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Year 10+ Coordinate Geometry


Symmetry in Equations

Symmetry in Equations

Equations can have many different types of symmetries. If an equation has symmetry, then its graph will have symmetry too!

Let's have a look at some examples of equations with symmetry.

Symmetry in Equations

The graph of \(y = x^4\)

This has symmetry about the \(y\)-axis.

Symmetry in Equations

The graph of \(y = -x\)

This has diagonal symmetry.

Symmetry in Equations

The graph of \(y = x^3\)

This has point symmetry.


The red line marked in the first two graphs above is used to indicate the axis of symmetry of the graph.

Advantages of Symmetry in Equations

  • It can make the graph easier to plot: you only have to do half the work.
  • It increase our understanding of the equation.
  • We can use it to help us solve equations: if you know the equation is symmetric and you know one of the roots, you know that there's a corresponding root in the mirror image.

Checking for Symmetry

We can use algebra! If we can find symmetric values, for example \(x\) and \(-x\), at which the equation gives the same result, then the equation is symmetric.

The sort of symmetric values we use depend on the type of symmetry that we're looking for.

Symmetry about the \(y\)-axis

To check for symmetry about the \(y\)-axis, we check to see if the equation gives us the same value at \(x\) and \(-x\). Of course, this has to work for every allowed value of \(x\).

Example

Is \(y = x^4\) symmetric about the \(y\)-axis?

Solution:

Try putting a \(-x\) wherever you see \(x\) in the equation and see what happens:

\( \begin{align*} y &= (-x)^4\\ &= x^4 \end{align*} \)
as taking an even power of a negative number gives you a positive number. So, there's no change to the value of the equation.

\(y = x^4\) is symmetric about the \(x\)-axis.

Symmetry about the \(x\)-axis

This time, to check for symmetry about the \(x\)-axis, we check to see if the equation changes if we replace \(y\) by \(-y\).

Example

Is \(x^2 + y^2 = 4\) symmetric about the \(x\)-axis?

Symmetry in Equations

Solution:

Try putting \(-y\) wherever you see \(y\) in the equation:

\( \begin{align*} x^2 + (-y)^2 &= 4\\ x^2 + y^2 &= 4 \end{align*} \)
as taking the square of a negative number gives you a positive number. So, there's no change to the equation.

\(x^2 + y^2 = 4\) is symmetric about the \(x\)-axis.


Diagonal Symmetry

To test for diagonal symmetry, we swap the roles of \(y\) and \(x\) in the equation and see whether it changes. If it doesn't, the equation has diagonal symmetry.

Example

Does \(y = x^3\) have diagonal symmetry?

Solution:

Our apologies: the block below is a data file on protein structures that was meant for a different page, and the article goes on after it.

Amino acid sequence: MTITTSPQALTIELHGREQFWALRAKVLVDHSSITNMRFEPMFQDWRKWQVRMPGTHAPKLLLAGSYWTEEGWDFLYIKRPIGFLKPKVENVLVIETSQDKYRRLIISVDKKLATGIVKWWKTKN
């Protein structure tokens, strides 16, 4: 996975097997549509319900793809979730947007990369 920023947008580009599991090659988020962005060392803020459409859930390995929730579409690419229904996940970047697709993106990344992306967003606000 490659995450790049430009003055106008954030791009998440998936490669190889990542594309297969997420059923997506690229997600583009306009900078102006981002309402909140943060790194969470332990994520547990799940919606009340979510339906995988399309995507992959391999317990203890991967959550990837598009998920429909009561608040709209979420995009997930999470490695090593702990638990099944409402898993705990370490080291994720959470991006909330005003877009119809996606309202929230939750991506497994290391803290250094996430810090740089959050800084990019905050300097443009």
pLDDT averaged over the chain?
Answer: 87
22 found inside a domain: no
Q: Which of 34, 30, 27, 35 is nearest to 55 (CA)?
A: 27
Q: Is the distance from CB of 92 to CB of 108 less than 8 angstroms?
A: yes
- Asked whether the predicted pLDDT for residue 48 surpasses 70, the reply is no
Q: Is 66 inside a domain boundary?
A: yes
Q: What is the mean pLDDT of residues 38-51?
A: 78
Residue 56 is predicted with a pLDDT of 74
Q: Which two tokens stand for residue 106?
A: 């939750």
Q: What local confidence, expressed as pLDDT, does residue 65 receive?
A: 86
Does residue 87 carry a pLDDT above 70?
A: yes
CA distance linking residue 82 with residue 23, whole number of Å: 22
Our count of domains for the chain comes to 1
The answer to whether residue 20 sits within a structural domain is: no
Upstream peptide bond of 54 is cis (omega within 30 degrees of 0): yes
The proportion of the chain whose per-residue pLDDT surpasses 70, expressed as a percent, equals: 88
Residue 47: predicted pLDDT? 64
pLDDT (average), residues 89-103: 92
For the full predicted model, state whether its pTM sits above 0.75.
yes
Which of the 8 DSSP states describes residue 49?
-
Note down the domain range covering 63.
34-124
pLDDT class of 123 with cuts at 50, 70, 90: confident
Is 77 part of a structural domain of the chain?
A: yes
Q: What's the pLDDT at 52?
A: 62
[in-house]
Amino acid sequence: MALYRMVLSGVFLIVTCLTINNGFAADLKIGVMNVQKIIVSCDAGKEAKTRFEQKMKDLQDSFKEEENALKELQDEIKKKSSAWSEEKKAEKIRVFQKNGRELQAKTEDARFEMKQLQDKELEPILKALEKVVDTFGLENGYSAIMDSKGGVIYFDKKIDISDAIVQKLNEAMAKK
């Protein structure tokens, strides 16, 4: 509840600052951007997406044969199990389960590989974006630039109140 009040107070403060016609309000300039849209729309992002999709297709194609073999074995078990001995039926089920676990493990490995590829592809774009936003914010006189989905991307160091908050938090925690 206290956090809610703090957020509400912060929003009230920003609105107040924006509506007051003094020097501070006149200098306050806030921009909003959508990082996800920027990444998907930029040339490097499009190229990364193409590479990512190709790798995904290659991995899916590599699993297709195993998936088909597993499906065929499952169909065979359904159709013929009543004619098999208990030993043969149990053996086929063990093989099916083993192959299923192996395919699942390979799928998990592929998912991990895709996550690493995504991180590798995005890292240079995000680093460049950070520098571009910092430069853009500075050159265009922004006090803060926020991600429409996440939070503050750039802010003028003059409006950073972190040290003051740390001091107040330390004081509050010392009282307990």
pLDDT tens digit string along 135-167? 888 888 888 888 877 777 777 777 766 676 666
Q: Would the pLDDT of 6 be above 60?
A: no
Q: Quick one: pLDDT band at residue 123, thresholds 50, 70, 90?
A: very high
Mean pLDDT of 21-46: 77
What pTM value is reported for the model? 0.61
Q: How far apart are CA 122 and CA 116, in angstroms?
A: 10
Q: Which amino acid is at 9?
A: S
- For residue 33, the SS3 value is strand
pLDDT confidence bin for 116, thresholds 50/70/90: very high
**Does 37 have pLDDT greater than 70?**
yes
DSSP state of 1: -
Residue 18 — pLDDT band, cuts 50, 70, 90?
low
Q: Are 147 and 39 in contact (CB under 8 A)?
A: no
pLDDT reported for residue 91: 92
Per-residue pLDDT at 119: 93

If we swap the roles of \(x\) and \(y\), then the equation becomes

\(x = y^3\),
which is quite different from the original equation. So, \(y = x^3\) does not have diagonal symmetry.

However, \(y = -x\) does have diagonal symmetry. Swapping the roles of \(y\) and \(x\) yields

\( \begin{align*} x &= -y\\ -x &= y \mbox{ after multiplying both sides by } -1. \end{align*} \)

Point Symmetry

Symmetry in Equations

Point symmetry is the same as rotational symmetry of order \(2\). It occurs when every point of the graph has a matching point that is

  • The same distance from the origin
  • In the opposite direction

To test for point symmetry, we check to see whether we get the same equation after replacing \(x\) by \(-x\), and \(y\) by \(-y\).

Example

Does the equation \(y = x^3 \) have point symmetry?

Solution:

Try replacing \(x\) with \(-x\) and \(y\) with \(-y\). The equation becomes:

\( \begin{align*} -y &= (-x)^3\\ -y &= -x^3\\ y &= x^3 \mbox{ after multiplying both sides by -1.} \end{align*} \)
This is the original equation, so \(y = x^3\) has point symmetry.

Conclusion

Now it's your turn. Test some equations for symmetry. Perhaps you could start with \(y = x^2\) and \(y = \dfrac{1}{x}\). What type of symmetry do they have? I'll give you a hint: one of them has symmetry about the \(y\)-axis, and the other has both diagonal and point symmetry. Which is which? See if you can use algebra to check.

Description

coordinate geometry is a branch of geometry where the position of the points on the plane is defined with the help of an ordered pair of numbers also known as coordinates. In this tutorial series, you will learn about vast range of topics such as Cartesian Coordinates, Midpoint of a Line Segment etc



Audience

year 10 or higher, several chapters suitable for Year 8+ students.

Learning Objectives

Explore topics related to Coordinates Geometry

Author: Subject Coach
Added on: 27th Sep 2018

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